OT: just a suggestion

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email.me:

DSL = Digital Subscriber Loop. That meant something decades ago, but now DSL is just a name.
The difference between DSL and cable modem technolgies is that DSL is baseband - if you're sending 10Mbit of data, you have a 10Mbit signal on the wires. Cable modem uses a radio frequency carrier which is modulated with the 10Mbit signal. Both are analog technologies.
The problem with DSL is it's _very_ dependant on the quality of the connection it goes over. If you have fiber all the way to the house (very uncommon) you get excellent results. If you have twisted pair part of the way (the normal case) you get indifferent results - mostly because the twisted pair is usually ancient and in pretty crappy condition.
Now, as far as landline phones go, if the phone puts the voice signal directly on the wire, that is what's called "analog landline". If the phone converts the voice signal to digital data, and then sends it over either DSL or cable (where it's an analog signal) it's called "digital landline". If that digital data is additionally formed into IP packets and sent over the Internet, then it's called VOIP.
John
(who doubts anyone really cares about the technical side of phone lines...)
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John McCoy wrote:

Well, as for me, you were mistaken. Thanks for taking the time to try to educate us. Who wants to be computer network illiterate (CNI?) these days?
Bill
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snipped-for-privacy@ix.netcom.com says...

UVerse works on pure fiber, fiber to the node, or in some fring areas DSL multiplexing. It is not the same as ordinary single-line DSL.

No, it is a technology. People who don't know any better might call their cable connection "DSL" or their fiber optic connection "cable" but the people who install it certainly know the difference.

Nope. DSL has multiple 4.3 KHz carriers on adjacent bands going from somewhere between 10 and 100 KHz up to whatever limit the particular loop can carry. If it's carryine 10 Mb/sec it multiplexes that data over however many channels are required. But it's bloody rare for DSL to hit a speed that high.

The technology on which DSL is based.

I've never seen a DSL connection with phone service in which it is necessary to plug the phones into some kind of converter box in order to use them. The filters are needed to make the DSL work, not the phone, and they do not do signal conversion, they simply isolate the frequency bands.
DSL with phone uses analog phone service. There may be a repeater at the street that moves the CO closer to your location, but your connection is analog to the CO.
And why would a cable company use analog phone signalling? That would just add complexity to their system and tie up bandwidth that could be used for other purposes--you seem to have DSL and cable reversed in your mind.

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On 12/24/2015 2:52 PM, John McCoy wrote:

I have comcast triple deal, phone, internet and TV. We only have the LL because it's cheaper than with out it. We've had the same LL phone number forever, so we also for some ungodly, unknown reason, are attached to it. We rarely ever get calls other than salesman, politicians and so on and they are switched to an answer machine after two rings. I keep telling my wife not to answer the thing, everyone we know calls our cell phones, but she can't resist, which of course results in more calls.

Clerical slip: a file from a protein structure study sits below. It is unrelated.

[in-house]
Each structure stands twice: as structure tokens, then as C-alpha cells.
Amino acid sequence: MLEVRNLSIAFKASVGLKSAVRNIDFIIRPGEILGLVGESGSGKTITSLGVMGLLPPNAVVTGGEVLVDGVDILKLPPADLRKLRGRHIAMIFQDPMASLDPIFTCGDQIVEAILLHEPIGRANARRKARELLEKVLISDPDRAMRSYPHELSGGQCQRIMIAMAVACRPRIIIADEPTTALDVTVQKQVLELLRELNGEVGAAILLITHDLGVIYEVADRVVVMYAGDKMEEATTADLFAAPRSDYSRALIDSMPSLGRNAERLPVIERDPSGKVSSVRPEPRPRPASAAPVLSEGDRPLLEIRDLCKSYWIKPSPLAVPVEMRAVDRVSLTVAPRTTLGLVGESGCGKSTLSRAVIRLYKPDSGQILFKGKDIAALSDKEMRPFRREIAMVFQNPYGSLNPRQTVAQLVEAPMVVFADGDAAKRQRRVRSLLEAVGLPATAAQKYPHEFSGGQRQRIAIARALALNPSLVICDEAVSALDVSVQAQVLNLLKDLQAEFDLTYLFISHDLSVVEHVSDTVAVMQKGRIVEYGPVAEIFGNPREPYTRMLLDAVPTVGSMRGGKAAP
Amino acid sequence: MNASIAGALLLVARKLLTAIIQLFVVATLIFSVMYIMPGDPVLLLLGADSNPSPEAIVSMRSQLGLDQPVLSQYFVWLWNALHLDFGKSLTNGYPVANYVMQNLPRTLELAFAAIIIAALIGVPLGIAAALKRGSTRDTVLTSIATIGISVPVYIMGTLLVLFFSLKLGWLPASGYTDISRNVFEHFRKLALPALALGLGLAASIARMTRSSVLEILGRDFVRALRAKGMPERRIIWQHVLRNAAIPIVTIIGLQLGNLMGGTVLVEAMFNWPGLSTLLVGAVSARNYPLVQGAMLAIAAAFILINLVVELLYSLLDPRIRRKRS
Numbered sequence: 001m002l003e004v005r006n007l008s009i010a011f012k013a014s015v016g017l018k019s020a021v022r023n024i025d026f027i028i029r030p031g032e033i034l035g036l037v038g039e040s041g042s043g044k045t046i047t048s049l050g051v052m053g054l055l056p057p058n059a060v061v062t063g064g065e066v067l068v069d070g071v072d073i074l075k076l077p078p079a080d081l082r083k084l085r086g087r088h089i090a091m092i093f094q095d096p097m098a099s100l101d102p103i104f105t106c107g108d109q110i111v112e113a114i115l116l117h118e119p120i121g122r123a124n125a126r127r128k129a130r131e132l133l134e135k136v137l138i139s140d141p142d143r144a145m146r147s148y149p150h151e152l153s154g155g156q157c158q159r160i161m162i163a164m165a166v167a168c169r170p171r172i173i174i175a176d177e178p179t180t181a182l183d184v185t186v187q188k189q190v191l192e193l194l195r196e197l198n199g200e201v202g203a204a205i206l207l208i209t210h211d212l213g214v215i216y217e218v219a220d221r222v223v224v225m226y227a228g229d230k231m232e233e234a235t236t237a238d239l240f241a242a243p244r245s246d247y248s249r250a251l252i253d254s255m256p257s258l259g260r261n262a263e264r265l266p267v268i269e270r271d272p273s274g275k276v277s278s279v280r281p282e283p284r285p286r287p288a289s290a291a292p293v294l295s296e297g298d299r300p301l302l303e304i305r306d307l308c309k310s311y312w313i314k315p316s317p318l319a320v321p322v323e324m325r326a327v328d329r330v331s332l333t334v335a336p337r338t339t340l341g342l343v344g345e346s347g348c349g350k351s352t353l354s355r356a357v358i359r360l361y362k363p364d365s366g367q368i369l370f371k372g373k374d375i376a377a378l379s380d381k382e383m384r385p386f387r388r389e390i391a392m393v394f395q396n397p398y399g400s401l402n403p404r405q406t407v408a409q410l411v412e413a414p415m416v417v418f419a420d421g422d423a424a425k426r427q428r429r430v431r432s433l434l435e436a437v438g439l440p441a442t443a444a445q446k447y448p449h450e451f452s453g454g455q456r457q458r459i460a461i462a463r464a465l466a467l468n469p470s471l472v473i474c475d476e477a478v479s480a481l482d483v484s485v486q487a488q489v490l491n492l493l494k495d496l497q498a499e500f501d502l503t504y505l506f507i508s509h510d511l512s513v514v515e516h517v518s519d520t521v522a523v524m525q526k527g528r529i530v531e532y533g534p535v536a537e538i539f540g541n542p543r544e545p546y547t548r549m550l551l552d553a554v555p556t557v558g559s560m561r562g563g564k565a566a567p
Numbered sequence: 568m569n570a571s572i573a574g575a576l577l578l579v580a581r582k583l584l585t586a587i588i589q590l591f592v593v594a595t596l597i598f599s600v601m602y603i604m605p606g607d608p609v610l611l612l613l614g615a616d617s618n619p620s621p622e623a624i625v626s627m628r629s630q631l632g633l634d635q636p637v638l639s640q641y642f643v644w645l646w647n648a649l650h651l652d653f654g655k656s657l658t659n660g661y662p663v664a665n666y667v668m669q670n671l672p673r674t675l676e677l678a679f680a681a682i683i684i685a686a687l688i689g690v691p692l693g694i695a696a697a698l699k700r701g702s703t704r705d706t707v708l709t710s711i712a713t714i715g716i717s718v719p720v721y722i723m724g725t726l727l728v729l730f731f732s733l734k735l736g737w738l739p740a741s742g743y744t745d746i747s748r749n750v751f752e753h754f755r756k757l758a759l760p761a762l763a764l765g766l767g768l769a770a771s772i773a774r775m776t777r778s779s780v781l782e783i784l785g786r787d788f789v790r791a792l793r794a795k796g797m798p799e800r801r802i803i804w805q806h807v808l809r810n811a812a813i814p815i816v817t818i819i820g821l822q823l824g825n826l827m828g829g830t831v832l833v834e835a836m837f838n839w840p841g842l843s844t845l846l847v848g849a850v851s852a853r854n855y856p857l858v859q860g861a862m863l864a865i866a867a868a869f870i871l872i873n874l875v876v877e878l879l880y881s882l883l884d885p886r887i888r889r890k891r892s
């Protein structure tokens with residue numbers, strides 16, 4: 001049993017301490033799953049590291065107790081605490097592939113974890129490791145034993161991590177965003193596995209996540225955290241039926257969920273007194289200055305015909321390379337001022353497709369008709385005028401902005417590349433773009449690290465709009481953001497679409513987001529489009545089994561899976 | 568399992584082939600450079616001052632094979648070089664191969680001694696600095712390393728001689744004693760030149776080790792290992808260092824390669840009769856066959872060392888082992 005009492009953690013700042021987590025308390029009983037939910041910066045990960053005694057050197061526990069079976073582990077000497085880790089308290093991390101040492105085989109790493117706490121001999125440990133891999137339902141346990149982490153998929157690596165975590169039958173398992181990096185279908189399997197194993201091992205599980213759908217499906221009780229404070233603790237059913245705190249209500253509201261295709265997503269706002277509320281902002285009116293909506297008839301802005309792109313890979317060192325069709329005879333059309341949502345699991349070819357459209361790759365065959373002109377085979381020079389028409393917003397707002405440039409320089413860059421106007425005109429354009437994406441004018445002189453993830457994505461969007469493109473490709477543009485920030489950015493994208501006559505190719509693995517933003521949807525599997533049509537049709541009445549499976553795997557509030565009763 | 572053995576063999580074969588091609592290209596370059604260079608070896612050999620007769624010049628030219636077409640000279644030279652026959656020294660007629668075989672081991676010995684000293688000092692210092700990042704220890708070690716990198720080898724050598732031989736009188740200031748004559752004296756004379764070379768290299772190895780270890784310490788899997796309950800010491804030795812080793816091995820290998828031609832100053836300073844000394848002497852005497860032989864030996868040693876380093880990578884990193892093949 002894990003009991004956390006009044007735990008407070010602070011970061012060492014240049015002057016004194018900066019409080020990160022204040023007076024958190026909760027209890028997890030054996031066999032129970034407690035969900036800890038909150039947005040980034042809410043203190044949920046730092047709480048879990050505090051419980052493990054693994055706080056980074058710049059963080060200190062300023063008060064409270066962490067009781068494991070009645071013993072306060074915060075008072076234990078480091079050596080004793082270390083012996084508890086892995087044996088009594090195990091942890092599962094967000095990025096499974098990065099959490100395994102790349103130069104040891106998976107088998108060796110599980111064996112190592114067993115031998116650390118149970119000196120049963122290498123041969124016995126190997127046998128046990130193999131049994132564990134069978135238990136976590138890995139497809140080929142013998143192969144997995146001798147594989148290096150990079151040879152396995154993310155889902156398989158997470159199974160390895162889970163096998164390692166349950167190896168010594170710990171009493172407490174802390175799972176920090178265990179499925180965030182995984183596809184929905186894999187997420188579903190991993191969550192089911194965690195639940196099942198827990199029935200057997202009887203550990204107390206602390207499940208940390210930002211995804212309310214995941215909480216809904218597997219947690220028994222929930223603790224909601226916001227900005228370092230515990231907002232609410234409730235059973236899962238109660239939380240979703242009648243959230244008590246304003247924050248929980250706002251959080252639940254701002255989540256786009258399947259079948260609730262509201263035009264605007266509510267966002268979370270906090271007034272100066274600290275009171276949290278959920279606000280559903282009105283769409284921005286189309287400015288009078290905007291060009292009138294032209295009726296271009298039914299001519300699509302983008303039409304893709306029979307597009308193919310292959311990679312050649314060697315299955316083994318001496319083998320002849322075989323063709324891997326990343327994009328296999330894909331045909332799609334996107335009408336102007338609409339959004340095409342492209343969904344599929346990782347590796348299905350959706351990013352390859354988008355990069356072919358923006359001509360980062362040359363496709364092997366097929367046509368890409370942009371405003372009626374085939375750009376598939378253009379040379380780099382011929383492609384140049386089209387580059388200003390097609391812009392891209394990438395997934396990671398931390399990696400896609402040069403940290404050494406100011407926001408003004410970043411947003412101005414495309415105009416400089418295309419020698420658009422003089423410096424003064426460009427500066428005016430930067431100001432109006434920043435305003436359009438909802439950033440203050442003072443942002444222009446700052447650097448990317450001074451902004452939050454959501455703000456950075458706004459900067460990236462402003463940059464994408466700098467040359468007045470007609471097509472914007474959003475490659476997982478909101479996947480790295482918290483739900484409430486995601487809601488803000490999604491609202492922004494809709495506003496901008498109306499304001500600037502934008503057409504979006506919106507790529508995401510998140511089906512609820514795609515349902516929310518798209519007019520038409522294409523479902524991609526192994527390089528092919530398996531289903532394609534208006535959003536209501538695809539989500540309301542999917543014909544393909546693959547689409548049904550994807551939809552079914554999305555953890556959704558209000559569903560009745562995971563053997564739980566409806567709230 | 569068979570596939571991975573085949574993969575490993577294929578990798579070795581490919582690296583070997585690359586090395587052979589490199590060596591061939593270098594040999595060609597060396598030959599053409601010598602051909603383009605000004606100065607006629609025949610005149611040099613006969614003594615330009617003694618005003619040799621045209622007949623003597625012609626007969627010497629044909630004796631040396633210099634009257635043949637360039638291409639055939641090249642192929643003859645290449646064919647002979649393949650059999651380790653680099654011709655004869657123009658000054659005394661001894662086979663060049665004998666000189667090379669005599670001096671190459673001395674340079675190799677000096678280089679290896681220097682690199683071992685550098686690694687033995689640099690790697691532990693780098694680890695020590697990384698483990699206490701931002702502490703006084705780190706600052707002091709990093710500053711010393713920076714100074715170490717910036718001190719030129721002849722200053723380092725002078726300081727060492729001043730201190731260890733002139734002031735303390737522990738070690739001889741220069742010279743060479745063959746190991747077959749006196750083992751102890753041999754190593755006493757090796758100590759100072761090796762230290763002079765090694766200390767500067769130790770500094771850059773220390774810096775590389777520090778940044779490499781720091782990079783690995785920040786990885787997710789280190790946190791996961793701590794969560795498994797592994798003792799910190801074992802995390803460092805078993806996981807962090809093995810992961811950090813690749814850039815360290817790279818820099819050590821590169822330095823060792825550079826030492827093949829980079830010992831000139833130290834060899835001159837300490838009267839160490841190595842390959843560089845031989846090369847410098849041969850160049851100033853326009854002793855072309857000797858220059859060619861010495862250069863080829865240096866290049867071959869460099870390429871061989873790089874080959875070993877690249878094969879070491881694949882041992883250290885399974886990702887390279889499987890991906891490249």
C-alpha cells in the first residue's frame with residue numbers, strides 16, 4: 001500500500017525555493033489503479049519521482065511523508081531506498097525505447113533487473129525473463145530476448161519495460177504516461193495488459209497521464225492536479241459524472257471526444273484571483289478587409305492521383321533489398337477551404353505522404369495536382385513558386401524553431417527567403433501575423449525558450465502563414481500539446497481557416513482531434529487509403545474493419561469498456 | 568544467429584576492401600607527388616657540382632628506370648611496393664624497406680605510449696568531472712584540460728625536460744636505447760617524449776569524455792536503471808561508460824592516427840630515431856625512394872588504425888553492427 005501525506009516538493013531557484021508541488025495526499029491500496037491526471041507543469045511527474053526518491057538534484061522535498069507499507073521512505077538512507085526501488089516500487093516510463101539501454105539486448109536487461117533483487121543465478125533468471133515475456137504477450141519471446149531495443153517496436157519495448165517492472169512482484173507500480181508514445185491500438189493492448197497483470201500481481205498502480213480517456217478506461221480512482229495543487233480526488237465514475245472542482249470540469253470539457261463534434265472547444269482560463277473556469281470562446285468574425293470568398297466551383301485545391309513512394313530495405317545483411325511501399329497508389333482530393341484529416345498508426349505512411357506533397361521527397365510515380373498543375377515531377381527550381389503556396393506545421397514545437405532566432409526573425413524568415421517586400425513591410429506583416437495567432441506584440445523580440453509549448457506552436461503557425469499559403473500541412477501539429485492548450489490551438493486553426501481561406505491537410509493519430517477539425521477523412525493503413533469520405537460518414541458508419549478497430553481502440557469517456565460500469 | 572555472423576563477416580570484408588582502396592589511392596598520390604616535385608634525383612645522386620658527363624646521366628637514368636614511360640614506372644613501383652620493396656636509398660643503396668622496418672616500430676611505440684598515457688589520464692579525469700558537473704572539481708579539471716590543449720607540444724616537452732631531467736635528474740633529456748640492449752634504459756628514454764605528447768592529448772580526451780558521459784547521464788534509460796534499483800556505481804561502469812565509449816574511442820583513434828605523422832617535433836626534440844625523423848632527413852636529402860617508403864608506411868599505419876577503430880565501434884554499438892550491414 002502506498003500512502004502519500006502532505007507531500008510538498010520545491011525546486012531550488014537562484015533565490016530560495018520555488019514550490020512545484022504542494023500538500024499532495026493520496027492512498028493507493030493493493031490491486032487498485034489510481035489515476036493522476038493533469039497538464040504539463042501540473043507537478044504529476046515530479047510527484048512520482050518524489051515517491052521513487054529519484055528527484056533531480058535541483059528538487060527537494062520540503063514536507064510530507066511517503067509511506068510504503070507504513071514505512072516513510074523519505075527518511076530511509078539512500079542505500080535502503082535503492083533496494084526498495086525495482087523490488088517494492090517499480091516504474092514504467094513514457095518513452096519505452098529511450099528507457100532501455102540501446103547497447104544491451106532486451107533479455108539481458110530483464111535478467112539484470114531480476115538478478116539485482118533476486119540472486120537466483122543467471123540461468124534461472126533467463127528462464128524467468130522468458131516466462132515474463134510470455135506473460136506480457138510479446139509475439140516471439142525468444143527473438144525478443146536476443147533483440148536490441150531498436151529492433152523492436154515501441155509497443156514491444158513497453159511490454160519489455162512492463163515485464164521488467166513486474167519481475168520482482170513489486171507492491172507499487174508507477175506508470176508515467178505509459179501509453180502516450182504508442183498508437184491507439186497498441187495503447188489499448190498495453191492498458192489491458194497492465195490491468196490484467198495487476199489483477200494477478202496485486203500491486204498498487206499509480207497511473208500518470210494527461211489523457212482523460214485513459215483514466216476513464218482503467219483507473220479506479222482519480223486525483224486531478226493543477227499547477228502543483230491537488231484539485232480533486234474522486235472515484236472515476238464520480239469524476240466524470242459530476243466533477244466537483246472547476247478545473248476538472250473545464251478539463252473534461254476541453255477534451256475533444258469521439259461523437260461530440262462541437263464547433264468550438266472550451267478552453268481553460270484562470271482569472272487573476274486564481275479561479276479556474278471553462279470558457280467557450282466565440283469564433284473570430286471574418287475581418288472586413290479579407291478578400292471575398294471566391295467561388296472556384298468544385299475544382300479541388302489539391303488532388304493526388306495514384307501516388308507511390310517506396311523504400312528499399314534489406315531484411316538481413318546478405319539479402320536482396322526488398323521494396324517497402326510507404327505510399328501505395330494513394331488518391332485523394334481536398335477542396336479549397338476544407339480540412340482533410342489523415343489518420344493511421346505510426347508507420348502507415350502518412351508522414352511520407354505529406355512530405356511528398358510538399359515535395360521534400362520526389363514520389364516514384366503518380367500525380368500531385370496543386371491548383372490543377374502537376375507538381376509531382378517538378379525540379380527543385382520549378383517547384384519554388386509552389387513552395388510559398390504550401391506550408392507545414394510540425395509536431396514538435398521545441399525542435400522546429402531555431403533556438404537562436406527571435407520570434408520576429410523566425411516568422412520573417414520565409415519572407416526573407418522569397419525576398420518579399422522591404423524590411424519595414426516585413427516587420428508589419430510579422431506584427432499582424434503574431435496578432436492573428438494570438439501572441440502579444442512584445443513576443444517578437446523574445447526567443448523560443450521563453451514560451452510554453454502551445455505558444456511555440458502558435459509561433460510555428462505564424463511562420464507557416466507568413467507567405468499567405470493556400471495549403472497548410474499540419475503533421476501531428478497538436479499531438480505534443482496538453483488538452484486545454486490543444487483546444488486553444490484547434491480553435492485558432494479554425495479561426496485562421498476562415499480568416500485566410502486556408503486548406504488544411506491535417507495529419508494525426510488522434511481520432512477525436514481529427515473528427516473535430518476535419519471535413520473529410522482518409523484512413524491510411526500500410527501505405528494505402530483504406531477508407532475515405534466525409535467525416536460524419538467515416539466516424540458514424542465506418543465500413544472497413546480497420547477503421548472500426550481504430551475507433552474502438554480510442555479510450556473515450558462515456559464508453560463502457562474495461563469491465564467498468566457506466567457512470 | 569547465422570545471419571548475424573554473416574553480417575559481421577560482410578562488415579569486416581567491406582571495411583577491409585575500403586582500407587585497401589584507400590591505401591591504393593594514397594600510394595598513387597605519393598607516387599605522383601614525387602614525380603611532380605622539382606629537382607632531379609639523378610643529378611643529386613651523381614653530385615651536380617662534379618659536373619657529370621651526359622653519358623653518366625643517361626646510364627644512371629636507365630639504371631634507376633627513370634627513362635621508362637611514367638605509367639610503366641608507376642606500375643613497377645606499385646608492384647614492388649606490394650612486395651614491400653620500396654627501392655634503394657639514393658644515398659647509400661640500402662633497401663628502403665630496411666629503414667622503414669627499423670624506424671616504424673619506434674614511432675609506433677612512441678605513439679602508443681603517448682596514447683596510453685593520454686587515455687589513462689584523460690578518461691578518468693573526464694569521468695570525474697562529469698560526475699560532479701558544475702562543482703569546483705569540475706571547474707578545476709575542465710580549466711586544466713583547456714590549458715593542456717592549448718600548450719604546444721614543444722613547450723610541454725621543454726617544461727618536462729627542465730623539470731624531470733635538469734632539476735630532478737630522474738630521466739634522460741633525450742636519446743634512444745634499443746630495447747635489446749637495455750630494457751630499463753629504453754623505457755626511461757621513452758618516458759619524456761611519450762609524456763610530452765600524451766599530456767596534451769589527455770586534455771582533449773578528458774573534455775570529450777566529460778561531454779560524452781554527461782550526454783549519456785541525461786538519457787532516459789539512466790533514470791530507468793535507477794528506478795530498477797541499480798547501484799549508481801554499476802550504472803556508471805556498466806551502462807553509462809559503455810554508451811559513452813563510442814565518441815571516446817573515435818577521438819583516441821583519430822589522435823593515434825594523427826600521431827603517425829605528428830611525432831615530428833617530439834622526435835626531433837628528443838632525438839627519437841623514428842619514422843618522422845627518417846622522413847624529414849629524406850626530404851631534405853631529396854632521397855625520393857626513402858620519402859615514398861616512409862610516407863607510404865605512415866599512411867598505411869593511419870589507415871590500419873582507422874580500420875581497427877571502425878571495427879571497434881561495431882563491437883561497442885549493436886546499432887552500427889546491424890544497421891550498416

I tried to use the PhoneTray thing-ee as it looked perfect for what I wanted, but it doesn't work with Comcast, it needs a voice modem. I was thinking of trying out a cheap voice modem, found a bunch for under $15, but not sure if that would work or not. Has anyone used something like this with Comcast? I have an old USRobotics Modem in my shed from the pre-internet days, but I don't think I want that answering calls, or maybe I do. Not sure I know what a "voice modem" is?
--
Jack
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Jack wrote:

For what it's worth, when I switched over to Tracfone, I took my landline number with me. One just has to wait a day or so for Comcast to release it (Tracfone will take care of the details). That said, I noticed yesterday that the price of Tracfone minutes has gone up 17% over the last few months. I'm still come out far ahead this way. If you spend a lot of time on your phone, your mileage may vary (but you can compute it in advance and see!)
Bill

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I haven't had a landline phone in almost a decade. We had a line once, because they refused to sell "naked" DSL (required a phone line) but there was never a phone attached to the line. About a year later they allowed us to drop the phone "service".

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On 12/24/2015 7:01 PM, krw wrote:

My daughter just switched from dish to comcast. They never owned a phone other than cell. She gets the comcast triple play as I do, because it cost MORE not to have the LL. Her phone line ends with nothing attached, nothing to ring. People under 40 have no use for old style phones, and neither do people over 40, but old habits are hard to break I guess. I probably should just disconnect my LL so no more salesmen, politicians etc. but for some dumb reason, we haven't been able to do it. When I say "we" I mean my wife.
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Jack
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I almost dropped the land-line. If it wasn't for AT&T's lack of signal where we live, I would have.
Actually, AT&T has this thing called something like "wireless home phone" or something like that. It's cellular in nature, but looks and feels like a home phone. They suggested that when I was making a few account changes.
Puckdropper
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On 12/26/2015 8:48 AM, Puckdropper wrote: